If we imagine a race of beings who can percieve rhythm on all levels and formal proportions with the same accuracy as we humans can percieve pitch, how do you think a main climax at the golden mean point would sound to them versus one at the 2/3's point? It would sound dissonant, or at least "out of tune" is how it would sound: They would "prefer" the perfect fifth's ratio. To prove the un-musical nature of the golden ratio, all you have to do is turn it into an interval: It falls nerly exactly between a major and minor sixth, and sounds horribly out of tune. Our imaginary race of super-time-percievers would notice this.

As I mentioned previously, I am also beginning to intellectually pursue the implications of using in music elements that the series implies are non-musical or at least less than perfectly musical. Though I'm just beginning to apply this thinking to the five purely musical elements - harmony, counterpoint, melody, rhythm, and form - it is obvious that series-implied voice leading paradigms can be dispensed with for expressive purposes - and indeed must be dispensed with to achieve certain effects (See Chopin or any jazz composer) - and harmonically vilifiable structures can also have their place.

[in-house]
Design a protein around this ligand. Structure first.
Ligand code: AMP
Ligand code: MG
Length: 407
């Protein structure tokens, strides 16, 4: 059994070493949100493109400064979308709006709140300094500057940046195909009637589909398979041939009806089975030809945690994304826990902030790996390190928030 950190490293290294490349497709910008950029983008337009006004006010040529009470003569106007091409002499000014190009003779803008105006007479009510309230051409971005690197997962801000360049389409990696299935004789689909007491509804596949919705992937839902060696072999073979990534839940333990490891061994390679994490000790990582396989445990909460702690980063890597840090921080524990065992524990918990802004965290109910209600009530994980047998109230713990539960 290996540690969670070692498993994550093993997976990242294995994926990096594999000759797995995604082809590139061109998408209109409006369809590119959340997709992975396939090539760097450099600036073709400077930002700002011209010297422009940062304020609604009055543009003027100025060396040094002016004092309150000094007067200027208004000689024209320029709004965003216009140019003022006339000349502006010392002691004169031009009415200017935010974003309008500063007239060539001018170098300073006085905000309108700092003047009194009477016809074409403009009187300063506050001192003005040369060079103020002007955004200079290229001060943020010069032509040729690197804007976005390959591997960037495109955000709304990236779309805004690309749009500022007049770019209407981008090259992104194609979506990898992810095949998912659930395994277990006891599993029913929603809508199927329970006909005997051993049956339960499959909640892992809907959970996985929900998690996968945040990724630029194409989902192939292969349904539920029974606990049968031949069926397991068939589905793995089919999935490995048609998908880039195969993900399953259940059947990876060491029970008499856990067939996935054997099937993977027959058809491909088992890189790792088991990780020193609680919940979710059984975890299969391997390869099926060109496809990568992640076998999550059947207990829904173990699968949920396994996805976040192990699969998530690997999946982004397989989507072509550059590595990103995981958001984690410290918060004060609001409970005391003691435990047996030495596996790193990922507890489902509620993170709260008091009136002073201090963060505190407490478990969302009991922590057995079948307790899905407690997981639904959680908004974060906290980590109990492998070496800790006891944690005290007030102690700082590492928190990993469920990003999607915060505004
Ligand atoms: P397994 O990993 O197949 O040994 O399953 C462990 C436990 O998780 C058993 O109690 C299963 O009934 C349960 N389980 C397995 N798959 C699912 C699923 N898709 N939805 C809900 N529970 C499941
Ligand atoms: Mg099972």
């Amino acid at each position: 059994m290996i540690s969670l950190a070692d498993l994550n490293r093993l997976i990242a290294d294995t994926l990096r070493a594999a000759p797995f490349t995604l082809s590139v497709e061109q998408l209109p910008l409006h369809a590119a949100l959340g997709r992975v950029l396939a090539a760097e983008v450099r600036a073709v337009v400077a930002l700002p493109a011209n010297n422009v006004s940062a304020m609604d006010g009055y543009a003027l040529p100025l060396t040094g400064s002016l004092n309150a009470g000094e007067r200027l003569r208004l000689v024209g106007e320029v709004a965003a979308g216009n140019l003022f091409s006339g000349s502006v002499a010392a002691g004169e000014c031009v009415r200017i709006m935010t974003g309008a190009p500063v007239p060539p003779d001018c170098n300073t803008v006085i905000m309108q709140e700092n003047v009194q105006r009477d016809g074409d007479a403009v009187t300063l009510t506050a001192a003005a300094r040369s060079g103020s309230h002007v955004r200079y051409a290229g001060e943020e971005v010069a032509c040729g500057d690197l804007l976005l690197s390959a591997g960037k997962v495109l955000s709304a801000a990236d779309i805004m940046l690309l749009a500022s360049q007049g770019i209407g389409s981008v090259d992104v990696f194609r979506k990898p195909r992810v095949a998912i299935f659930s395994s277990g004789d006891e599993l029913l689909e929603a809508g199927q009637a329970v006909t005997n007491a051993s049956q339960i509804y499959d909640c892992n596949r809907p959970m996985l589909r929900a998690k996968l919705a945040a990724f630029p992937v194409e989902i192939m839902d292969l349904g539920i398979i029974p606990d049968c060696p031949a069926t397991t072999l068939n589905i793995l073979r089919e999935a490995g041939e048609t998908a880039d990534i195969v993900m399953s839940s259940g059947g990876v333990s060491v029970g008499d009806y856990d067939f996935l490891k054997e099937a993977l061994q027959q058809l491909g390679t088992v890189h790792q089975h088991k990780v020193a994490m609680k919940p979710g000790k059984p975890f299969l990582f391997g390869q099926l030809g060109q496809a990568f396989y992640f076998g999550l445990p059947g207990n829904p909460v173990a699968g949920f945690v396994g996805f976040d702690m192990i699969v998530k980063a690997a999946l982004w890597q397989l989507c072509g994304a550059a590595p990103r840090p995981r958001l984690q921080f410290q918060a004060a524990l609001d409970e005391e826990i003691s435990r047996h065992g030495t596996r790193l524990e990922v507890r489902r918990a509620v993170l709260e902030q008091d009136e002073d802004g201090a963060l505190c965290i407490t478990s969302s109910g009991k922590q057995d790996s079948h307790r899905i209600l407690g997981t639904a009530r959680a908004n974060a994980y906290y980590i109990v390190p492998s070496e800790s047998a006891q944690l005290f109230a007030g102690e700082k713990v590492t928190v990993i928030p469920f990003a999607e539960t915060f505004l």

To be continued...

I'm getting really tired of this cold weather.


Blogger the improvising guitarist said...

“Obviously, this is because the human perception of pitch is very precise, while the perception of time is profoundly vague (in comparison).”

Hmm… I wonder if this is really the case.

Say the smallest rhythmic inflection that can be perceived is in the range of tens of milliseconds, and the smallest perceivable difference in pitch is somewhere in the region of a few cents. I’m probably missing something here, but how can these two things be directly compared especially since these are so heavily culturally dependent (e.g. listeners/performers of go-go funk which has rock-solid rhythm vs. contemporary performances of Romantic works with heavy rubato; or choruses in which the pitch content can, when measured, can vary as much as 100 cents).

S, tig

2:09 PM  
Blogger Hucbald said...

Actually, you have it exactly right about the local level, where rhythmic patterns are percieved quite accurately by trained musicians. Back in my Jazz and R&R band days, for example, I liked to work with drummers and bassists who had a good connection so the groove was happening: That takes great rhythmic precision and a good sense of time. Where the perception of rhythm and duration becomes fuzzy is at the regional level, where harmonic rhythms are not nearly as precisely percieved, and on the global level, where in large sophisticated works the form may even remain a mystery unless you have a score to look at.


2:17 PM